Making Monsters: Figures of Monstrosity in Literature, Culture and Identity

deadline for submissions: 
January 4, 2019
full name / name of organization: 
Rutgers University-Camden English Graduate Student Association

Making Monsters: Figures of Monstrosity in Literature, Culture and Identity

Rutgers University–Camden EGSA Graduate Conference, April 6th 2019

What makes a monster? Scholars have long written that monstrosity is the grotesque offspring of anxiety. Where our fears lie, there our monsters rise. While conventional monsters still abound (e.g., the vampires in What We Do in the Shadows or the zombies in Ravenous) they have also taken on new shapes (e.g., the grief monster in The Babadookor the sexually transmitted supernatural force in It Follows),reflectingold,newandever-changingfearsandanxietiesinourworld.Thisconference seeks to interrogate the figure of the monster and the concept of monstrosity. We welcome papers and presentations that explore monsters in their many forms and definitions.

Please submit your proposals of approximately 250words to egsaconference2019@gmail.comby Friday, January 4th. Remove any identifying information from the attachment and include your name, affiliated institution, area of study, and contact information in the body of your email.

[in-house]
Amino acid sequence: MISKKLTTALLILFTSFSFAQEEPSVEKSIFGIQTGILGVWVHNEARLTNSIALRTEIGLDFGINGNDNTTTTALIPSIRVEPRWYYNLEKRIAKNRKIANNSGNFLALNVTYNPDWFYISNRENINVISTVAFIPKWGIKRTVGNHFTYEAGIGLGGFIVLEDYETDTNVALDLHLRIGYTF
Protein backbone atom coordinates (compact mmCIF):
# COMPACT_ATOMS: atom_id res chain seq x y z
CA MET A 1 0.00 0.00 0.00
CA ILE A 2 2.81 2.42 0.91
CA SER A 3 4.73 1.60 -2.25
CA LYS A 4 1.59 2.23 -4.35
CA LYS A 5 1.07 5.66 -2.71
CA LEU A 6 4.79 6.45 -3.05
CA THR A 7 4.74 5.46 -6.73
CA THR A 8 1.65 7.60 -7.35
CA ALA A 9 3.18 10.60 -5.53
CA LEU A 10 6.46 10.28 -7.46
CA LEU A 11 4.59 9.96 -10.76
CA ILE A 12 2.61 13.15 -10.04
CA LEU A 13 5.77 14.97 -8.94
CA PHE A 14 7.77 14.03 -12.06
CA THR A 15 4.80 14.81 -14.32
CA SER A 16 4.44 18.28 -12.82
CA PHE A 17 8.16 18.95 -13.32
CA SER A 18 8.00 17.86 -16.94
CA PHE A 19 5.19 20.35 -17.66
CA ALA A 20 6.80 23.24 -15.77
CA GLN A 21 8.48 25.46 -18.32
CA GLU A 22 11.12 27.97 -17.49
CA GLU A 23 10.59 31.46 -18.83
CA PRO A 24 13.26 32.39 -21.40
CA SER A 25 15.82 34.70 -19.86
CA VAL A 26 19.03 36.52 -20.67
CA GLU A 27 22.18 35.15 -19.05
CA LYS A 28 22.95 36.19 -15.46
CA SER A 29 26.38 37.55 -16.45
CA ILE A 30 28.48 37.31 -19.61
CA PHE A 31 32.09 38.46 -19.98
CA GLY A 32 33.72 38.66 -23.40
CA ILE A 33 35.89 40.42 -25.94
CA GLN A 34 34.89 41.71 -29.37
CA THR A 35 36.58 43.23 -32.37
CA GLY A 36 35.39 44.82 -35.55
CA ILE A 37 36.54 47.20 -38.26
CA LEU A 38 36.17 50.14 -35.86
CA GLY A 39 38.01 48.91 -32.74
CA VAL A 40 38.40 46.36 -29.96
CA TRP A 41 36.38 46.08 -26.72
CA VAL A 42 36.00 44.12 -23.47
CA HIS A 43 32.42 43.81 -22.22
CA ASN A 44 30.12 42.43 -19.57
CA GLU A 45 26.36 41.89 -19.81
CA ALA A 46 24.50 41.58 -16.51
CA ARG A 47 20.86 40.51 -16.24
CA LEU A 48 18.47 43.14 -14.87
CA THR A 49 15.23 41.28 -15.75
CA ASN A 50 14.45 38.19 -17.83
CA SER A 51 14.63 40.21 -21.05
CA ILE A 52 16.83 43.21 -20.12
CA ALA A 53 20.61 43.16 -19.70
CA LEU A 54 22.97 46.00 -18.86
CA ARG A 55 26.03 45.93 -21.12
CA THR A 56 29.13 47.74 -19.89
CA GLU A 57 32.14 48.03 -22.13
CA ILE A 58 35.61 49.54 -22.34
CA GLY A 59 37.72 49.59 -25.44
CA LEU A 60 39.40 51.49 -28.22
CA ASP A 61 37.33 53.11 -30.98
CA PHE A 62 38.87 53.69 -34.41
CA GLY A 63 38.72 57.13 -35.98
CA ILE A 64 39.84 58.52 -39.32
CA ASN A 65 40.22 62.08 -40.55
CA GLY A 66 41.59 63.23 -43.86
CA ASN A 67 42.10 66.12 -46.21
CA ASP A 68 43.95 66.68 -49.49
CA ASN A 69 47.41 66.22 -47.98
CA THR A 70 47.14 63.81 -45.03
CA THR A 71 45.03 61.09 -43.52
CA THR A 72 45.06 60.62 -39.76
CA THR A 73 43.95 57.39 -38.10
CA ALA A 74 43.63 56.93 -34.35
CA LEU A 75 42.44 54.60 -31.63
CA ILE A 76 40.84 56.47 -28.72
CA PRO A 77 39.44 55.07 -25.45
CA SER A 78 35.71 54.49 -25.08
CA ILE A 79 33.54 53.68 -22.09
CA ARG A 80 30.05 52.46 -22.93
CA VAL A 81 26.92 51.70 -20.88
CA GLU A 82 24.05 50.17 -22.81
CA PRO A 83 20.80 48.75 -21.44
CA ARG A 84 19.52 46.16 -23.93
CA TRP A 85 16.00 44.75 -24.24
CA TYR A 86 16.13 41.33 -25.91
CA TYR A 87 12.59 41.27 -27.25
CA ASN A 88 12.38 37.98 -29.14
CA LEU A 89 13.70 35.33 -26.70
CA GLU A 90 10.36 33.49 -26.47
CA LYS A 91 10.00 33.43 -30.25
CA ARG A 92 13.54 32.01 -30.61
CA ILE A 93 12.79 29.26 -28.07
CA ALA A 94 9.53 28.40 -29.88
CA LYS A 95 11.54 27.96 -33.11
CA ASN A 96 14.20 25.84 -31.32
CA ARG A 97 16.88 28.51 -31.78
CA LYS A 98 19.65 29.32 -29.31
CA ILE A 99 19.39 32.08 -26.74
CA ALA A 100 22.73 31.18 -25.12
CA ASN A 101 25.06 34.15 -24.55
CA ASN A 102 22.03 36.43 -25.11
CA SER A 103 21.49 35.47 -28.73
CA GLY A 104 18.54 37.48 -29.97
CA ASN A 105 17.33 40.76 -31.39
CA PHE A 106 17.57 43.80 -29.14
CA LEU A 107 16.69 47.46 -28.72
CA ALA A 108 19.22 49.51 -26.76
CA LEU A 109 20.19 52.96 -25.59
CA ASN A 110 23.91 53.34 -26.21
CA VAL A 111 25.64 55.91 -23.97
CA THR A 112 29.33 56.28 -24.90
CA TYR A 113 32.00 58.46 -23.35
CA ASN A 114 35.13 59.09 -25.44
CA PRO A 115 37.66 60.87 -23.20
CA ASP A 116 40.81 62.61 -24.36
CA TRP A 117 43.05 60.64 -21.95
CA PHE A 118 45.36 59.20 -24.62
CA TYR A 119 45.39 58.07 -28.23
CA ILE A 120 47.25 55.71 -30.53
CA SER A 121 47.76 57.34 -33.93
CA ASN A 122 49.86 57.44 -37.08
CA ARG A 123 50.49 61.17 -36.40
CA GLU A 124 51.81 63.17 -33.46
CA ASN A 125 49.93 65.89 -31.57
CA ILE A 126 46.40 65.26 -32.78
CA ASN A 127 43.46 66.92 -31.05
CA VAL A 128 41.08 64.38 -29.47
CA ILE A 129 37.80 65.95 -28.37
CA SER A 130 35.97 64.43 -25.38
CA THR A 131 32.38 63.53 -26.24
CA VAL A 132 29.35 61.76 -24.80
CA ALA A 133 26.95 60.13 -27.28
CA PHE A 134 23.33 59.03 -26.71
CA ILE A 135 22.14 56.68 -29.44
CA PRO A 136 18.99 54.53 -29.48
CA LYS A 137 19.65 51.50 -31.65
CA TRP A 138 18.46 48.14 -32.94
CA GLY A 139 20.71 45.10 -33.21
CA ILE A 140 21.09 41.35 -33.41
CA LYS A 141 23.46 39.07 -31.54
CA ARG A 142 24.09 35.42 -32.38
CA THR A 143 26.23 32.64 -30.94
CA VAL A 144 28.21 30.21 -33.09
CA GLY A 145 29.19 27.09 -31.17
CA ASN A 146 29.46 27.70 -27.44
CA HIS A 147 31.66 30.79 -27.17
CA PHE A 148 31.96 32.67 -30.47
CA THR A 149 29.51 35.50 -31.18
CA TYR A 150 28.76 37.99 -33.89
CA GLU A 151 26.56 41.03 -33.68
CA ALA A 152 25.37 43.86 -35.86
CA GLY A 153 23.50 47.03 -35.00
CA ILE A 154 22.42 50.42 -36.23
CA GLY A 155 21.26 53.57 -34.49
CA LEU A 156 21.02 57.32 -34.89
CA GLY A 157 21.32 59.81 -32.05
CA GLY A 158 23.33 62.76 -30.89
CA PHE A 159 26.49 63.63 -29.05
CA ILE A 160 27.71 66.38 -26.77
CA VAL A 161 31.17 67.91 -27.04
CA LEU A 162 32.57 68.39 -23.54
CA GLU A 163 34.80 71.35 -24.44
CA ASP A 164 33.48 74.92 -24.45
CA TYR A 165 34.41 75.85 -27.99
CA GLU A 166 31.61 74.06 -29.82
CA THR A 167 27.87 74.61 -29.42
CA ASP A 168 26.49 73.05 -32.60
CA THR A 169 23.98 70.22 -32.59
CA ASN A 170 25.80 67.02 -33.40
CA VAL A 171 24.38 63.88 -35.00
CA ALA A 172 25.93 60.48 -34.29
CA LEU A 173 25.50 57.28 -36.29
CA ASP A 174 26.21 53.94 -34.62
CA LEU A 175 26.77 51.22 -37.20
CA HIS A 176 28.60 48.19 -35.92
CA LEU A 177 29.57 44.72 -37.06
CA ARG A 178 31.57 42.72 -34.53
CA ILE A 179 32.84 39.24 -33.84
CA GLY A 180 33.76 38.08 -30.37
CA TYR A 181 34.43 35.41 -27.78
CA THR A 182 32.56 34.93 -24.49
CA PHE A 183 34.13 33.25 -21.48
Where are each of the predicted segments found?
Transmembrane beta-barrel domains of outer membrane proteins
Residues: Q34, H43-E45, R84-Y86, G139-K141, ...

Approaches:

Ecological
Theoretical—including but not limited to post/trans/nonhuman studies Creative works
Childhood Studies
Anthropological
Film Studies
Disability Studies
Cultural Studies

Topics may include, but are, of course, not limited to:

Representations of the monster in art/literature Depictions of the Other as monstrous Cyborgs, robots, aliens
Spectacle, Freakshow, etc.

Transgressive subjects
Medical monsters
Viruses, parasites, pathology
The monster in pop-culture
Remaking the monster
Monsters for children (e.g., Hotel Transylvania) Monstrous children and childhoods

True crime / serial killers
Cryptozoology (Bigfoot, The Jersey Devil, etc.) Monsters in science-fiction
Histories of the monster
Feminist approaches to the monster Queerness and monstrosity
Masculinity and monstrosity
Monstrous politics